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Tuesday, 17 October 2017

Rheumatology Medications

A number of types of drugs are used to treat arthritis and connective tissue disease. These generally fall into the following groups:

Rheumatology Medications FAQs

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Non-steroidal anti-inflammatory drugs (NSAIDs)

Non-steroidal anti-inflammatory drugs (NSAIDs) are used to reduce inflammation as well as pain, and may be prescribed for many types of arthritis. They are usually given in tablet or capsule form, often as a slow-release preparation to ensure stable levels of the drug within the body. NSAIDs may also be given in the form of suppositories or as gels and creams for topical application to the skin overlying affected areas. Examples of NSAIDs include ibuprofen, diclofenac, meloxicam, nabumetone, naproxen, etodolac and celecoxib. There are many different proprietary names for some of these drugs.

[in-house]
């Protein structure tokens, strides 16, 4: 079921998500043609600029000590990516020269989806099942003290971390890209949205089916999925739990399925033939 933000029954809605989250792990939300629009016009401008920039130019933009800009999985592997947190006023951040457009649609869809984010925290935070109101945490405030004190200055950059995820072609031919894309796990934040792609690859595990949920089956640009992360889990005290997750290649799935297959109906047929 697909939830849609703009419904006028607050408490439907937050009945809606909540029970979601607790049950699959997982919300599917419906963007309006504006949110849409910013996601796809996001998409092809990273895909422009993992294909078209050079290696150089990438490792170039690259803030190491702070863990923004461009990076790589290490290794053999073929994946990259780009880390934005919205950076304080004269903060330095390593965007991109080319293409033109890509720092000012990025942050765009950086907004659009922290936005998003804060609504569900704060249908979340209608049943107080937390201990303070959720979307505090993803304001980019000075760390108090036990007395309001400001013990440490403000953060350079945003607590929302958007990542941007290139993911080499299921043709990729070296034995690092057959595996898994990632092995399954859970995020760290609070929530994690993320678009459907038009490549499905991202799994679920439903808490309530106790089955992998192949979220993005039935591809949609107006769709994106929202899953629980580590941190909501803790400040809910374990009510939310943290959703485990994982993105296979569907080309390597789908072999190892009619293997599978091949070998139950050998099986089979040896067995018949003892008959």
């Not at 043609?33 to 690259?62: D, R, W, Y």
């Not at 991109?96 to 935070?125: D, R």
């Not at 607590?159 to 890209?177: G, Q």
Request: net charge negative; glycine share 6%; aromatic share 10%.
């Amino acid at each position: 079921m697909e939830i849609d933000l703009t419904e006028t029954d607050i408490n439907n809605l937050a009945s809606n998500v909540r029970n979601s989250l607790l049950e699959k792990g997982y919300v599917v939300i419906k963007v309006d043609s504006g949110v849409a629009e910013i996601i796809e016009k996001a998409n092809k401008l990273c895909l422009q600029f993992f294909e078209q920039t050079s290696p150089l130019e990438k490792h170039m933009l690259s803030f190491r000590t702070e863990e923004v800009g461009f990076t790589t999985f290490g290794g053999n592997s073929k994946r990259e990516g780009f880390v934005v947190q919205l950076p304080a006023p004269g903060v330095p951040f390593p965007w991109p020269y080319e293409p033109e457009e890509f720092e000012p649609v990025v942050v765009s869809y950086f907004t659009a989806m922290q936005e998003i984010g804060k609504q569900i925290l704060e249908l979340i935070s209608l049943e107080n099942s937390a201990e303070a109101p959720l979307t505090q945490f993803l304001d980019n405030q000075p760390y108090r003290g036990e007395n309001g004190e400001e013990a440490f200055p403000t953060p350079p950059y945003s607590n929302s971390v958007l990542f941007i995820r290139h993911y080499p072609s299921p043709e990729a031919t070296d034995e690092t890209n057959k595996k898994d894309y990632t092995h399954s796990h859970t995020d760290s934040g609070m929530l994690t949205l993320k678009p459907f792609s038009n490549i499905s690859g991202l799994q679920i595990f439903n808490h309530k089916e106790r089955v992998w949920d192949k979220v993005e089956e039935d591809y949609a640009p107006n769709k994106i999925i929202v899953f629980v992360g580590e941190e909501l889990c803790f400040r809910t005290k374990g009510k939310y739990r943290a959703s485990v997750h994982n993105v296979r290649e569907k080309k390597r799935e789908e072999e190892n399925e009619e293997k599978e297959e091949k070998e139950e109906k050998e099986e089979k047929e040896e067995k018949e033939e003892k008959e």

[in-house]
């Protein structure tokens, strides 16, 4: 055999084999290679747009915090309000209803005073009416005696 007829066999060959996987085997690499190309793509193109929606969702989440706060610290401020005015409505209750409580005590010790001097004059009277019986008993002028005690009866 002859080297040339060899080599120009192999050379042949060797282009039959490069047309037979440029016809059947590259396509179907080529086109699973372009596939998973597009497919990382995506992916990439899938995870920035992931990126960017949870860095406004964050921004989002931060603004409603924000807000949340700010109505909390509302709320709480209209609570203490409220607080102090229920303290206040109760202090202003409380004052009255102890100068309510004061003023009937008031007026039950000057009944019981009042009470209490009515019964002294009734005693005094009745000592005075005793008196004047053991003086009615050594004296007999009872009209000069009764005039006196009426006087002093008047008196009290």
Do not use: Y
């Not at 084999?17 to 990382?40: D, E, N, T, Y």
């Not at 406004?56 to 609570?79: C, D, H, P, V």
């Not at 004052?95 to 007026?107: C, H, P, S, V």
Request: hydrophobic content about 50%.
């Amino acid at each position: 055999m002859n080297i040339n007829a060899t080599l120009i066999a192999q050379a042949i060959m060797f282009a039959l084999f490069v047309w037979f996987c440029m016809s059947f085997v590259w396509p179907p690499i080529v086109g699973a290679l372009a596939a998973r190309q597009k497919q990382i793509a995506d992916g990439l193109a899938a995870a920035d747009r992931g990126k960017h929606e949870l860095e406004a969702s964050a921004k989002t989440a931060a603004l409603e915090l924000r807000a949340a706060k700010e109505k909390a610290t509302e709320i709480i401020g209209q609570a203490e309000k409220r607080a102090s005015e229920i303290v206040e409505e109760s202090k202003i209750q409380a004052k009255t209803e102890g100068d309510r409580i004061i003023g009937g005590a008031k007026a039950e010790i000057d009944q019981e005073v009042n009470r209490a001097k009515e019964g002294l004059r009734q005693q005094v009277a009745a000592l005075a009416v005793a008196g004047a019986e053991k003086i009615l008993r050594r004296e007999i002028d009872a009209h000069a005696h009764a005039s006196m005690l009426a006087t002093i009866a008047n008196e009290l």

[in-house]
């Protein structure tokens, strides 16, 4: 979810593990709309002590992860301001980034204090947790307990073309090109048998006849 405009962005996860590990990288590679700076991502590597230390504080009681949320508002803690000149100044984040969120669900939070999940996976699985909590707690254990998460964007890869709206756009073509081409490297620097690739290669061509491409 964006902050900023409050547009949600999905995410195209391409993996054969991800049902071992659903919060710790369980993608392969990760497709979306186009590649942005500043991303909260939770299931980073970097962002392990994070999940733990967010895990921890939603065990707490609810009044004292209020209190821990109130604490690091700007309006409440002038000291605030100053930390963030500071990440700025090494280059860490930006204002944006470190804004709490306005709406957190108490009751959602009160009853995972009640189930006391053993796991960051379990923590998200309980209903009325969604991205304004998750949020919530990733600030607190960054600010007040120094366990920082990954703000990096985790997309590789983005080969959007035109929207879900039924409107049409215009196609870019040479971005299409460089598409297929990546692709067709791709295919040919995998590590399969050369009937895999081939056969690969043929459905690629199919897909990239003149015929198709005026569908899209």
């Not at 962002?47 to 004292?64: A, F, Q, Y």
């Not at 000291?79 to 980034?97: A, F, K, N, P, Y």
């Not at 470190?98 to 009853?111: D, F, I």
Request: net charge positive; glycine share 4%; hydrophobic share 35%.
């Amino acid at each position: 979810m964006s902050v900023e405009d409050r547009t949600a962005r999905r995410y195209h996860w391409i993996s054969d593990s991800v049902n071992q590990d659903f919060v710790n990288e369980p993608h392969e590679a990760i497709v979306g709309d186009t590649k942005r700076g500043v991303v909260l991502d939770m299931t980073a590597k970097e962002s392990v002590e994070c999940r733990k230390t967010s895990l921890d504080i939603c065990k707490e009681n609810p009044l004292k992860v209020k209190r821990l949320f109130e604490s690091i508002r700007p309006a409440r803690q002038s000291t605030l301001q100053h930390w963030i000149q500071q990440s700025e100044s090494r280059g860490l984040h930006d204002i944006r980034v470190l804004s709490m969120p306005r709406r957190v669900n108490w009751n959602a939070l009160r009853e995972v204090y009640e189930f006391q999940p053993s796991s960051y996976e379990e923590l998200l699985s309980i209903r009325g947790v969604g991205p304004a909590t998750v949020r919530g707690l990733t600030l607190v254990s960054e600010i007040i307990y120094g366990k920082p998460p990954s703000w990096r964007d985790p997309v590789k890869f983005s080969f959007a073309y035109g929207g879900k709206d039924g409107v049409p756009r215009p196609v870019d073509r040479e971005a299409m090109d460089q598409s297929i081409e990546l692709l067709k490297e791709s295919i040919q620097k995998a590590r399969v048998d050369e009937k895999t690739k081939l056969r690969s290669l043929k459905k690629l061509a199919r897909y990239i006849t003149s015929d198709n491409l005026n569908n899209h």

NSAIDs may not be prescribed if you are taking certain other drugs such as warfarin or if you have, or have had gastric (stomach) ulcers in the past - if you are in any doubt, please discuss this with staff. Should you experience dyspepsia (heartburn) or indigestion whilst taking NSAIDs you may require additional medication (PPIs) to protect your stomach; again you should discuss this with staff at the clinic or with your GP. NSAIDs should not be taken on an empty stomach but always with, or immediately after, food.

Some NSAIDs are available over the counter as pain relief medications. Check you are not already taking a prescribed one before buying pain relievers.

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